The Queen's milliner Rachel Trevor-Morgan picks Lady Agnew of Lochnaw by John Singer Sargent.
Rachel Trevor-Morgan on Lady Agnew of Lochnaw by John Singer Sargent
‘I first saw this painting on a trip to Edinburgh when staying with my husband’s family. The impact was immediate: I was struck by Lady Agnew’s languid beauty and the directness of her gaze, fastened on a point above the viewer. Sargent has perfectly replicated the fabrics of her gown; the diaphanous beauty of ivory organza and the sumptuous lilac silk coloured sash; all this in contrast to the heavier embroidered patterns on the chair and darker drape behind and enclosing her.
‘The muted soft colours offset her pale skin and dark hair. In my millinery designs, I am often inspired by colours and mood. If I could translate my hats into a painting, I would aspire to the aesthetic Sargent has captured here.’
Rachel Trevor-Morgan is the founder of her eponymous millinery brand. In 2014, she was granted a Royal Warrant to The Queen.
Charlotte Mullins discusses Lady Agnew of Lochnaw
This mesmerising portrait by John Singer Sargent was painted when Lady Agnew of Lochnaw (born Gertrude Vernon) was 28 years old. When it was exhibited at the Royal Academy of Arts in London in 1893, it was a palpable hit, catapulting its subject into High Society and turning Sargent into the most fashionable portrait artist in Britain.
Sargent hadn’t always known such good fortune. The peripatetic, Italian-born American artist had initially trained in Paris and exhibited at the annual Salon there. But his 1884 portrait of Madame Gautreau, titled Madame X, scandalised French society with its racy déshabillé. Sargent swiftly moved to Britain and began to search out new commissions. One such commission was from the Scottish barrister Sir Andrew Noel Agnew, who asked Sargent to paint his wife.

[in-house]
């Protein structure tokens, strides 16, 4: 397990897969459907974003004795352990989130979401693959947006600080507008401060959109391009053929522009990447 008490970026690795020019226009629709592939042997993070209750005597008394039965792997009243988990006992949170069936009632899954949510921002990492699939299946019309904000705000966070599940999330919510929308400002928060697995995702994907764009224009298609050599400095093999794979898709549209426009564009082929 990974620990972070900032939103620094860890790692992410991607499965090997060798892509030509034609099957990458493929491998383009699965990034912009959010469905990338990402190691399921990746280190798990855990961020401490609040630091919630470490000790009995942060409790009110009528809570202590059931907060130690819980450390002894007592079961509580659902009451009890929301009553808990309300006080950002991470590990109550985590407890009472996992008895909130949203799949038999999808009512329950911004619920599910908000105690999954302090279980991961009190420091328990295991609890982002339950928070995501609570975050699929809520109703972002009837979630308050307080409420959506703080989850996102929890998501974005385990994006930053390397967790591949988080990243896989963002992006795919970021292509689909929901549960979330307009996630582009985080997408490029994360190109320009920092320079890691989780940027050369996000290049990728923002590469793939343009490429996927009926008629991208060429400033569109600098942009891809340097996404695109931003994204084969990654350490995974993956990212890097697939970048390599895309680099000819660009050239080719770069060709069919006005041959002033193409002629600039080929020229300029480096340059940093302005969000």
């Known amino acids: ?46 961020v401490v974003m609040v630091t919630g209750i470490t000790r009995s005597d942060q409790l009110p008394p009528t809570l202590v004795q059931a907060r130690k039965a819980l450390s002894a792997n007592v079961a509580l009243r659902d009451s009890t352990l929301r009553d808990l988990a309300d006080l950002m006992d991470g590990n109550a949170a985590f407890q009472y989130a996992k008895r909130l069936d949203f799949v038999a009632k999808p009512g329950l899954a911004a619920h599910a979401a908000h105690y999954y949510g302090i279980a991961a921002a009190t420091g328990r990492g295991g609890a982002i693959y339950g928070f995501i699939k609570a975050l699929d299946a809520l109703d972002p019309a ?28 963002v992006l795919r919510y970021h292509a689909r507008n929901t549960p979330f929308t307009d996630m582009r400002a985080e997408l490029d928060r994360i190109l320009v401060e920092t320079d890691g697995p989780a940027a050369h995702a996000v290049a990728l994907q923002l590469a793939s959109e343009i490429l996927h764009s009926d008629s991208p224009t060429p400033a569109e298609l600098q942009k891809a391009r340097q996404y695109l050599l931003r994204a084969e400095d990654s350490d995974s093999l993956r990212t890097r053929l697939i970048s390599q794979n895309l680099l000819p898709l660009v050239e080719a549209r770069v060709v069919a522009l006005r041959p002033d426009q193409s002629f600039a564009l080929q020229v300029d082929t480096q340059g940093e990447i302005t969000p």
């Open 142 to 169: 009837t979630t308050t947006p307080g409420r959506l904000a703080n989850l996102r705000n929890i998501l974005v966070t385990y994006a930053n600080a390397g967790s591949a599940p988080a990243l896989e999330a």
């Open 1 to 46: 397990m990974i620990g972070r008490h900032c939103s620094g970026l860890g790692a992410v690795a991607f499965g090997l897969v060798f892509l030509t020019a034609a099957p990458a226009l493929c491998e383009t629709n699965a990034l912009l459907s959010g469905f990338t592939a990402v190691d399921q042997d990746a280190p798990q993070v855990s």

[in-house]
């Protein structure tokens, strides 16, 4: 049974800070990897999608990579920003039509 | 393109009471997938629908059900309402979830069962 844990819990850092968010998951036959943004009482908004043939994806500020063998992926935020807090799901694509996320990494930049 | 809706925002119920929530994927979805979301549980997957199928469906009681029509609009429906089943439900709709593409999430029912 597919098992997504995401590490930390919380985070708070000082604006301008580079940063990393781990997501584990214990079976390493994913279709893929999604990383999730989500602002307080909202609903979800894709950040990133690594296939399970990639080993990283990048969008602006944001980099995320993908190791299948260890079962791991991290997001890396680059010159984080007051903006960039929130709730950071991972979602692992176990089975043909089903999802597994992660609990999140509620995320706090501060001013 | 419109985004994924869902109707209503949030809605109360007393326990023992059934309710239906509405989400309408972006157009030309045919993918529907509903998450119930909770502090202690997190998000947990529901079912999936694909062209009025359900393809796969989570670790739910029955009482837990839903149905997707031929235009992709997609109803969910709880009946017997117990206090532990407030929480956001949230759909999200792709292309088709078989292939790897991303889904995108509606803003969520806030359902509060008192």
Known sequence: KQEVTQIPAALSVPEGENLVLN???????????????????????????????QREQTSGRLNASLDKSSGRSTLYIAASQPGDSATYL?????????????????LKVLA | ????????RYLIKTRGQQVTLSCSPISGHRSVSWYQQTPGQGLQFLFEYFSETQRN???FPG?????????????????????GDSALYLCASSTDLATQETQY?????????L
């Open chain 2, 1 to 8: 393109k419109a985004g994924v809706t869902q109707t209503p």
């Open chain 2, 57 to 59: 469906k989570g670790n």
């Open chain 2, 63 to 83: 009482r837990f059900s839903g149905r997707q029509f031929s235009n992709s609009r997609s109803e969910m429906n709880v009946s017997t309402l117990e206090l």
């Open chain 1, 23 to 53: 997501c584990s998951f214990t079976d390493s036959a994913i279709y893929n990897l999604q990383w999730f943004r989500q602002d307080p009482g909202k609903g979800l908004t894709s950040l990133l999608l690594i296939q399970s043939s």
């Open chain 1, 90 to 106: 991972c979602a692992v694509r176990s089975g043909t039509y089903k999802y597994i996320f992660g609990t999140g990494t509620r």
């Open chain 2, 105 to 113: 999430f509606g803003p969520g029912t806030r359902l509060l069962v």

Lady Agnew of Lochnaw, completed in only six sittings, is a masterclass in portraiture and is painted with great fluidity and confidence. Gertrude sits asymmetrically in a large 18th-century French chair, her left hand assertively curling around the arm in a distant echo of Velázquez’s Pope Innocent X. She could have been dwarfed by such a chair, but, instead, it empowers her like a throne. She wears a white chiffon dress, its diaphanous sleeves emphasising her relaxed pose, her tiny waist cinched in lilac. Her eyes meet ours and linger suggestively, the whites of her eyes visible under her large dark pupils. Sargent finishes off the scene by surrounding her with fashionable Chinese silk wall hangings, their small pale blooms the colour of her almond skin.
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